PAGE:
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FACT CHECK: Report on US missiles hitting Chinese warship is fake


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FACT CHECK: Report on US missiles hitting Chinese warship is fake
In a message to Rappler, Financial Times journalist Eli Meixler denies writing the report falsely attributed to him in a YouTube video

Claim: The United States launched cruise missiles against a Chinese warship near the floating barriers installed in the South China Sea. 

Rating: FALSE

Why we fact-checked this: A YouTube channel named “Marine Corps” with 119,000 subscribers posted the video on September 29. It currently has 78,285 views, 1,000 likes, and 114 comments.

The video is titled “China Panic! US cruise missiles hits (sic) Chinese warship near floating barriers in South China Sea.” 

It featured a news article by journalist Eli Meixler, who supposedly wrote about the incident for the US Defense Report

The report says, “In a significant escalation of tensions in the South China Sea, the United States has reportedly launched a series of cruise missiles targeting a Chinese warship in close proximity to strategically important floating barriers.”

The facts: In a message exchange with Meixler, the Financial Times journalist denied writing such a report, adding he was “certain such a thing did not happen.” 

“I wrote no such article. And I’m fairly certain such a thing did not happen [as] it would be the news leading every website right now! I also do not write for US Defense Report,” Meixler told Rappler. 

Meixler is the Asia world news editor for Financial Times. He covers politics, economics, diplomacy, trade, environment, and social affairs. 

Missile launch: There are no reports of a recent US missile launch in the South China Sea, with the latest news dating back to April 2023 during the Balikatan Exercise. In the said military exercise, US and the Philippine forces fired missiles and bombs to sink an old Philippine Navy warship representing an enemy vessel.

Chinese floating barriers: On September 25, the Philippine Coast Guard (PCG) removed the floating barriers installed by the Chinese Coast Guard (CCG) at Bajo de Masinloc (Panatag Shoal) in the West Philippine Sea, part of the South China Sea within the Philippines’ exclusive economic zone.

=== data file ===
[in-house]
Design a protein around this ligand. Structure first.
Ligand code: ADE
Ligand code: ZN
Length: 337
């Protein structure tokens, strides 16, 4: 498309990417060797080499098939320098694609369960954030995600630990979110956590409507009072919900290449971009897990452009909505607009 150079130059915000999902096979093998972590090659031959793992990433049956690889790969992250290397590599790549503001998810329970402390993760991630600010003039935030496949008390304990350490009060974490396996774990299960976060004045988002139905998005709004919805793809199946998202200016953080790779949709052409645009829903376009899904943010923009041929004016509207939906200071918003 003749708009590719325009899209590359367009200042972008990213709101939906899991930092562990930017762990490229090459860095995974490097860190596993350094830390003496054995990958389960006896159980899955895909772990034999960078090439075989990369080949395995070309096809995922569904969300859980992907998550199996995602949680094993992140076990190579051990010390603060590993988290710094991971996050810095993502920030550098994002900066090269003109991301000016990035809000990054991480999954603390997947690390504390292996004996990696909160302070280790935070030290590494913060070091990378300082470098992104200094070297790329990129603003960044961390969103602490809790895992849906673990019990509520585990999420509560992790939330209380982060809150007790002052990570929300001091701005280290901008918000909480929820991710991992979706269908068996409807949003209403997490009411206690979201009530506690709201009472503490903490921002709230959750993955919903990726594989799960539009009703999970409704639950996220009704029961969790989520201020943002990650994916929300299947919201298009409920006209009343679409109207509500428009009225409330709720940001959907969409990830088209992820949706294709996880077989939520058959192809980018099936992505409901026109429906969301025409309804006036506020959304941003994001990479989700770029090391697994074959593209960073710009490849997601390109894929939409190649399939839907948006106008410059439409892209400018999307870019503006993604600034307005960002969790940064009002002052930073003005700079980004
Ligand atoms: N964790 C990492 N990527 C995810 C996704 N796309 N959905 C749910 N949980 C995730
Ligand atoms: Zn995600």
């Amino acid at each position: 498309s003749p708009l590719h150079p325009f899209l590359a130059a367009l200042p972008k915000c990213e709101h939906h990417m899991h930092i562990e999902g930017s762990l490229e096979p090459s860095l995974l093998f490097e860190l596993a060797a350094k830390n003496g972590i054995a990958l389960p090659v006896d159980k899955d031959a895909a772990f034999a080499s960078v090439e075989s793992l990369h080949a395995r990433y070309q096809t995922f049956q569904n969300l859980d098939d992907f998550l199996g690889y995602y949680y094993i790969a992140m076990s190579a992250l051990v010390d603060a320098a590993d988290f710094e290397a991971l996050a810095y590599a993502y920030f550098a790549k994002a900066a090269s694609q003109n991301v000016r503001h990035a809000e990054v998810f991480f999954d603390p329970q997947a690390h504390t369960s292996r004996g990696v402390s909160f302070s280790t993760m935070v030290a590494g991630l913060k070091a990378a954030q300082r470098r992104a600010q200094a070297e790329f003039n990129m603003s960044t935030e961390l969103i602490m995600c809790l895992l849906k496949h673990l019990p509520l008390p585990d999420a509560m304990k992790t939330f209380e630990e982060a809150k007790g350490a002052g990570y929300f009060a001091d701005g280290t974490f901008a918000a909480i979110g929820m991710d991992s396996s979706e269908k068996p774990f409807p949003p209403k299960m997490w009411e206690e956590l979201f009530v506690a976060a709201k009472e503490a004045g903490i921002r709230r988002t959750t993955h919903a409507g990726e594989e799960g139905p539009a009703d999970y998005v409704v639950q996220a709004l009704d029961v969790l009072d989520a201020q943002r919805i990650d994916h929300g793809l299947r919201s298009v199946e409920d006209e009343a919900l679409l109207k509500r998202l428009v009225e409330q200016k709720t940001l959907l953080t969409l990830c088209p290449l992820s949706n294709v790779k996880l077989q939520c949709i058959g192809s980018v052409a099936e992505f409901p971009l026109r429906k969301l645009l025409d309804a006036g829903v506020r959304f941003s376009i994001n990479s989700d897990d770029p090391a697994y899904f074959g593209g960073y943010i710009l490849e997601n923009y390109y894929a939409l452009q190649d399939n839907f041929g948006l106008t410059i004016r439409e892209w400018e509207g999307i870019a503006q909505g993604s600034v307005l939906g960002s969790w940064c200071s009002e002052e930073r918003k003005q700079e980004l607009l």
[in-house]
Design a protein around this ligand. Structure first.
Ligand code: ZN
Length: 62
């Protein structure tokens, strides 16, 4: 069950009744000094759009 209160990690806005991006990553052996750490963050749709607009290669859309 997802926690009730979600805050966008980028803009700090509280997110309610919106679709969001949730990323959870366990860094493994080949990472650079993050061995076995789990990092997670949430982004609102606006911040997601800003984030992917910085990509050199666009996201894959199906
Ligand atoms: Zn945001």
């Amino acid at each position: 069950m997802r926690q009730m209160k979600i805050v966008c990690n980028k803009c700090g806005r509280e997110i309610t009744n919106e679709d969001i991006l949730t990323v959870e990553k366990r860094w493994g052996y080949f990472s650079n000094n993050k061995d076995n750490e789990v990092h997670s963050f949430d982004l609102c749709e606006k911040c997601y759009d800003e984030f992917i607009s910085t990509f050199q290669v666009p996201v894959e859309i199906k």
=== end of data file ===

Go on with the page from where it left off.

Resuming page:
This was upon President Ferdinand Marcos Jr.’s order to remove the 300-meter floating barriers deemed a “hazard to navigation.”

The floating barriers were discovered by PCG and Bureau of Fisheries and Aquatic Resources personnel on September 22 during a routine maritime patrol onboard the BRP Datu Bankaw.

According to PCG spokesperson Jay Tarriela, three of the CCG’s Rigid Hull Inflatable Boats and the Chinese Maritime Militia’s service boat installed the floating barriers. 

The installation of the barriers is among the latest incidents of Chinese hostility against the Philippines, as Beijing insists on invalidating the 2016 arbitral ruling that favored Manila. The US, meanwhile, has continued to express its support for the Philippines, saying China must end its “routine harassment” and abide by the arbitral tribunal decision.

Rappler has published several fact-check articles on claims about the US-China relations: 

 – Ailla dela Cruz/Rappler.com

Keep us aware of suspicious Facebook pages, groups, accounts, websites, articles, or photos in your network by contacting us at factcheck@rappler.com. You may also report dubious claims to #FactsFirstPH tipline by messaging Rappler on Facebook or Newsbreak via Twitter direct message. You may also report through our Viber fact check chatbot. Let us battle disinformation one Fact Check at a time.

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